Taxidermy is enjoying a resurgence, thanks to quirky design trends and millennial irony.
As beards, flannel and farming went before it, taxidermy has jumped the shark into Hipsterville. Once the purview of your deer-hunting uncle’s man cave or great-grandmother’s musty Victorian manse, stuffed animals – real and faux – are now being deployed by cool kids in twee bookshelf assemblages and artfully random gallery walls.
Curious Nature stocks traditional taxidermy – deer, birds, raccoons, rams – among its more macabre oddities, like “wet specimens,” aka snakes, frogs, centipedes, chicks and even a fetal pig preserved in liquid in clear jars. Curious Nature also offers classes. On May 26, for $200 per person, students can learn the art of taxidermy with rats, which they’ll get to take home. Attendees are encouraged to bring “any props or accessories they would like to use in their finished piece.”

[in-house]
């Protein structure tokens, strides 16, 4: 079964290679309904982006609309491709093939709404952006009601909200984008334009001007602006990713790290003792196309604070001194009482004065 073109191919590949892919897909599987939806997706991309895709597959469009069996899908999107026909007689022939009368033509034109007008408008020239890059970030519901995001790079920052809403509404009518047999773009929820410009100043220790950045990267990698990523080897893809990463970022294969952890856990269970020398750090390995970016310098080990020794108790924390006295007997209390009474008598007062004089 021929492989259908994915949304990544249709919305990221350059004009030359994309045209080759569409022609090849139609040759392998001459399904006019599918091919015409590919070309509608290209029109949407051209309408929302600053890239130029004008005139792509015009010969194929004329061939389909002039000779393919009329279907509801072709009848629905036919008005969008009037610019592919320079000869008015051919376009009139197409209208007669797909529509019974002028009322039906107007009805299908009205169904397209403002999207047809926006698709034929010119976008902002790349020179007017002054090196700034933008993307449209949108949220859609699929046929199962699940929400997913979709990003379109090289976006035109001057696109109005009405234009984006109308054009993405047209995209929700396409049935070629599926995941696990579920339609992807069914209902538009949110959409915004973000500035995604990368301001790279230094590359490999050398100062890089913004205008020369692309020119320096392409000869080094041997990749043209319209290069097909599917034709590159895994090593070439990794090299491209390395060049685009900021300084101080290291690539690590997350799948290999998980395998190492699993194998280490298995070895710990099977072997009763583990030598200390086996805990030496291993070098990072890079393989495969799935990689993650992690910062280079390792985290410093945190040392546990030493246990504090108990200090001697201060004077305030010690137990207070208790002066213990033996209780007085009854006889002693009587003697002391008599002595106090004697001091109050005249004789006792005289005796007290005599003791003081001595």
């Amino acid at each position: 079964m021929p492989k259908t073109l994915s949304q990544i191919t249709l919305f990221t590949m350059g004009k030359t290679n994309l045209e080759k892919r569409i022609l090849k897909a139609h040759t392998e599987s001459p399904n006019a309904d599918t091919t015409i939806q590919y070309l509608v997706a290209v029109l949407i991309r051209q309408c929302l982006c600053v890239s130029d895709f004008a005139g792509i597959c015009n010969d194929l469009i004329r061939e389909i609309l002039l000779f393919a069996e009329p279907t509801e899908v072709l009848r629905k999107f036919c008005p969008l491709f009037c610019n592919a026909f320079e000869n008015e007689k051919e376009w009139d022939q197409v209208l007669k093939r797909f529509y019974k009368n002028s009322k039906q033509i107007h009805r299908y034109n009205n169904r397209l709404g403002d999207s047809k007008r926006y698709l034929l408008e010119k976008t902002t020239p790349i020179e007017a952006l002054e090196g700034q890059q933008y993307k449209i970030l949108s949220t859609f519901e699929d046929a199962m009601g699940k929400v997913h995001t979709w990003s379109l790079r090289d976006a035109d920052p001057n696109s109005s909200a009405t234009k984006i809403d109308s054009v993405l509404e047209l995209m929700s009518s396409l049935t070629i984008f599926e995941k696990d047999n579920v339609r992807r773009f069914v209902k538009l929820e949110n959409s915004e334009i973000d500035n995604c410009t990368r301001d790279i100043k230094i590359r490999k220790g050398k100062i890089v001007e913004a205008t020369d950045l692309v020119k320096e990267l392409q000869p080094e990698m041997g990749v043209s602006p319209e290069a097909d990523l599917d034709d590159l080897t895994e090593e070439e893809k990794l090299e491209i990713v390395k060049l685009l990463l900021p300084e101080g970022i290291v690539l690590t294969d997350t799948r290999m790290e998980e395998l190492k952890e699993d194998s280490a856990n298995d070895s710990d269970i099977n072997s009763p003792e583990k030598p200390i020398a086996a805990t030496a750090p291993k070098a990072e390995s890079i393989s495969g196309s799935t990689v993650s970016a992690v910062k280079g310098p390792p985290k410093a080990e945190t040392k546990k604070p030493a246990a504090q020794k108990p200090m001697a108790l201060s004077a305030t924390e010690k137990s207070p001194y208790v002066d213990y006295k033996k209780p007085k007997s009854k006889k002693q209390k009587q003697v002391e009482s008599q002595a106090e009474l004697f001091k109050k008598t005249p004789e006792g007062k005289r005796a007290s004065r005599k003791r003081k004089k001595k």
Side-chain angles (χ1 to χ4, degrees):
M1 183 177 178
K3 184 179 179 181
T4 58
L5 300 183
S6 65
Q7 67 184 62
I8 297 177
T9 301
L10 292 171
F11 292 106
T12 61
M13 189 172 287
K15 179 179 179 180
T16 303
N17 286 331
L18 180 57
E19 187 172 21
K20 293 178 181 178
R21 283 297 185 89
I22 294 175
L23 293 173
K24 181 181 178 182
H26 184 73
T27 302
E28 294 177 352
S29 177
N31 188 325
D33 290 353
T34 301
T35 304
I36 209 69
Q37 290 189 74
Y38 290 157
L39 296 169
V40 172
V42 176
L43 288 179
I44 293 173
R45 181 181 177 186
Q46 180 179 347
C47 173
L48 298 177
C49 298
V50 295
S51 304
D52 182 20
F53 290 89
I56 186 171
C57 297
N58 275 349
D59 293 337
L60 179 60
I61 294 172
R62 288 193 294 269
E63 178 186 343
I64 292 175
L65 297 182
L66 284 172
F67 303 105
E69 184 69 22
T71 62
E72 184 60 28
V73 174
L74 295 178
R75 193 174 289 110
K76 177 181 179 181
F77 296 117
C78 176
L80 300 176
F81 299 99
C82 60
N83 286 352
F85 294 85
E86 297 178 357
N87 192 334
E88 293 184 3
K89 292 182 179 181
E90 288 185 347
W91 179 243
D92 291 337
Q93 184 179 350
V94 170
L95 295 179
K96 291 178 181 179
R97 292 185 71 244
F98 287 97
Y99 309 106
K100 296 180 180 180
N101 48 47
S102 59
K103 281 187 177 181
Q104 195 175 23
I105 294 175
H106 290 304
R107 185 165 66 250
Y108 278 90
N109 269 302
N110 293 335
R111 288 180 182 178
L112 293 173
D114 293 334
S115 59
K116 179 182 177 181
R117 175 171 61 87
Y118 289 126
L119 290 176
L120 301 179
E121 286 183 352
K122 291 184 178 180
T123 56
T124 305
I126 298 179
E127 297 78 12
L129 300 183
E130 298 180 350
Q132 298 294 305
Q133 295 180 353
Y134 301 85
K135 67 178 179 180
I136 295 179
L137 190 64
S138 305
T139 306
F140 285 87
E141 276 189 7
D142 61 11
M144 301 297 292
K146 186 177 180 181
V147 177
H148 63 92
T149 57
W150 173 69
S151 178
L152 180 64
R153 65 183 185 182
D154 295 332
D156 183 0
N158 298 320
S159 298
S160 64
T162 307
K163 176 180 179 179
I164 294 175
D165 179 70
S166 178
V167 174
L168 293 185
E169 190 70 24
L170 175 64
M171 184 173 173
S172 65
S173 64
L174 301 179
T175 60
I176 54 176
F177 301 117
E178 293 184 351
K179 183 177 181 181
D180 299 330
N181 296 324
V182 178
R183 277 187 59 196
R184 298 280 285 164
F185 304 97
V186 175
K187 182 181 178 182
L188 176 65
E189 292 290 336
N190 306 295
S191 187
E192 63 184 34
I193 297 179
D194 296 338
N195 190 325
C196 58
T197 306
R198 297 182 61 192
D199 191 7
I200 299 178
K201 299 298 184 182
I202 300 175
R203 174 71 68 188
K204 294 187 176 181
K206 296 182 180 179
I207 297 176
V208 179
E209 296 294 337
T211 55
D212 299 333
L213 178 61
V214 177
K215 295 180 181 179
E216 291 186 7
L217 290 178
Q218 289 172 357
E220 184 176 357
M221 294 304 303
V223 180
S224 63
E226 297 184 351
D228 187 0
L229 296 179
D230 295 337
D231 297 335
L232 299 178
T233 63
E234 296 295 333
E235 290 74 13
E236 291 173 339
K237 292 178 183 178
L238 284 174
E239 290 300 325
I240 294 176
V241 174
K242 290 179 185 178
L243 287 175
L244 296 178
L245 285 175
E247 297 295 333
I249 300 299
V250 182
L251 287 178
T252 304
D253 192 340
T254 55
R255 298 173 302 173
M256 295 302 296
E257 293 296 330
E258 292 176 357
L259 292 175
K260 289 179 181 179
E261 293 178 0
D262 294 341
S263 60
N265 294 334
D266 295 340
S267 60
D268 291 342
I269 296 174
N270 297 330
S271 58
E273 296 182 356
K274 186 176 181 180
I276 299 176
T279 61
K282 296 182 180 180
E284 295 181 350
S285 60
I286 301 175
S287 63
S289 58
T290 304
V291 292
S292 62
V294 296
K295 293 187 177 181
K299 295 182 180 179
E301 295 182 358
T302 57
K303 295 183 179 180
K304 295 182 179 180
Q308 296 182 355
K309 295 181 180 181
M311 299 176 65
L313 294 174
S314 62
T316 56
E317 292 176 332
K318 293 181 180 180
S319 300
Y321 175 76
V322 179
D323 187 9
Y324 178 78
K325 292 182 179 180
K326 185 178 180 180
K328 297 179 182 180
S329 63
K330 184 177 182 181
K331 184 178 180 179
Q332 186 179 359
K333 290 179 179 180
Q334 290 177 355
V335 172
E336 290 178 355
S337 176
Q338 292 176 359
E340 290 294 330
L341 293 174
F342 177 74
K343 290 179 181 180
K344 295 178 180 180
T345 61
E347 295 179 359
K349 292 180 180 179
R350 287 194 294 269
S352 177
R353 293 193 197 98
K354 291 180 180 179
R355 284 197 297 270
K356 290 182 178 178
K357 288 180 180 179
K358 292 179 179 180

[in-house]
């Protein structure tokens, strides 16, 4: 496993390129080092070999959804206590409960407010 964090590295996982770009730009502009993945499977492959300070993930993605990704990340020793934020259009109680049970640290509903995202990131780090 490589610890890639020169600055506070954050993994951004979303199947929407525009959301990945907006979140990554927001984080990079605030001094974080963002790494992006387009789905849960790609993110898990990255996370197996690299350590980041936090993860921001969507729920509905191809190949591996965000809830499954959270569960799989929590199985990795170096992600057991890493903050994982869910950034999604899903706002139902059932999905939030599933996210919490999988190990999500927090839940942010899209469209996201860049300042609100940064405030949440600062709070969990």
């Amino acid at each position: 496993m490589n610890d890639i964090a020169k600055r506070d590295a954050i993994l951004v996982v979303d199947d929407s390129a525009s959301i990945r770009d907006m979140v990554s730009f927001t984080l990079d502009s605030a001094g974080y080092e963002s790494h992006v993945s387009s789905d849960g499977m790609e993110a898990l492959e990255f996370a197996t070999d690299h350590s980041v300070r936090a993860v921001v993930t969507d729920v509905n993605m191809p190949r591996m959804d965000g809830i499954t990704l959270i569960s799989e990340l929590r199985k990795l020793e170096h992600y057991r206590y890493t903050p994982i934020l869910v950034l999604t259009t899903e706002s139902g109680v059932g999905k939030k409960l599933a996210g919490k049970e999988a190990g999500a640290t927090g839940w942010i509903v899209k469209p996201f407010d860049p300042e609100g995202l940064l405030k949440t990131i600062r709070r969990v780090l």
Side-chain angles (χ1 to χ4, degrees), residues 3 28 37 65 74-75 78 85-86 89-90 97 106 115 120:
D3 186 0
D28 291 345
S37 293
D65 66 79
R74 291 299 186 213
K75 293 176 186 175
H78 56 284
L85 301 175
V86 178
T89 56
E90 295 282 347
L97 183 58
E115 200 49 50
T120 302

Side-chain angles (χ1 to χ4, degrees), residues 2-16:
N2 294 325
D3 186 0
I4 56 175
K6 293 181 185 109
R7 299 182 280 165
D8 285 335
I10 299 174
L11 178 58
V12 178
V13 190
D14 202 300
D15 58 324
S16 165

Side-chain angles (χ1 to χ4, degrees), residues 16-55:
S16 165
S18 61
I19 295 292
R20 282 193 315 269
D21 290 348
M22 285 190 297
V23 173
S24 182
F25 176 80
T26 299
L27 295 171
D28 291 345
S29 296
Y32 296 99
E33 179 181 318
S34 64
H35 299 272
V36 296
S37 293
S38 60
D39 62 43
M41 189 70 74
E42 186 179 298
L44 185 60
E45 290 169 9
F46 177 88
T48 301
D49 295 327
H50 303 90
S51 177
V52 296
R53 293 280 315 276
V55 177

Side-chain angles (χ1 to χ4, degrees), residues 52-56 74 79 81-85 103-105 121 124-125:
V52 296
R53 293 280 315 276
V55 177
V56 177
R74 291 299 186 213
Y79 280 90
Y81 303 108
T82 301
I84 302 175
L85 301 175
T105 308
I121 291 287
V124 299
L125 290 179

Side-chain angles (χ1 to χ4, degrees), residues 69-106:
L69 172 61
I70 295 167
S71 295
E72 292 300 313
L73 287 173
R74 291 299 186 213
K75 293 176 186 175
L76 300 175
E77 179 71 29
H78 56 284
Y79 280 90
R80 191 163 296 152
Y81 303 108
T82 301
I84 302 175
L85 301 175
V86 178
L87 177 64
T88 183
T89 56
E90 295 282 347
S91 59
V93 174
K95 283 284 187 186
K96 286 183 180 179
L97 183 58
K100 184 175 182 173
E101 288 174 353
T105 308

5032 N. Central Ave., Phoenix
Wall Charmers ->
Vegan? Vegetarian? Simply creeped out by keeping a dead animal in your home? Wall Charmers of Chandler produces “faux taxidermy,” a contemporary and cruelty-free twist on the old art form. Using polyresin, Wall Charmers makes lightweight models of all the taxidermy classics, such as deer, antelope and bear heads, which are then customized. The absence of skin and fur allows the artists to take some creative liberties, such as giving deer pink heads and glittery gold antlers. You can even order a bespoke unicorn.
For the aspiring taxidermy professional, Southwest Wildlife carries everything necessary to set up realistic nature scenes à la Cabela’s or Bass Pro Shops: birds, fish, mammals as big as bears and an impressive array of taxidermy equipment and accessories, such as FLEXROCK and E-Z Dirt (for building displays) and Southwest Wildlife hide paste (adhesive specially formulated for animal hides). SW’s artisans will even do repairs on taxidermy heirlooms that have seen better days.
16443 N. 91st St., Scottsdale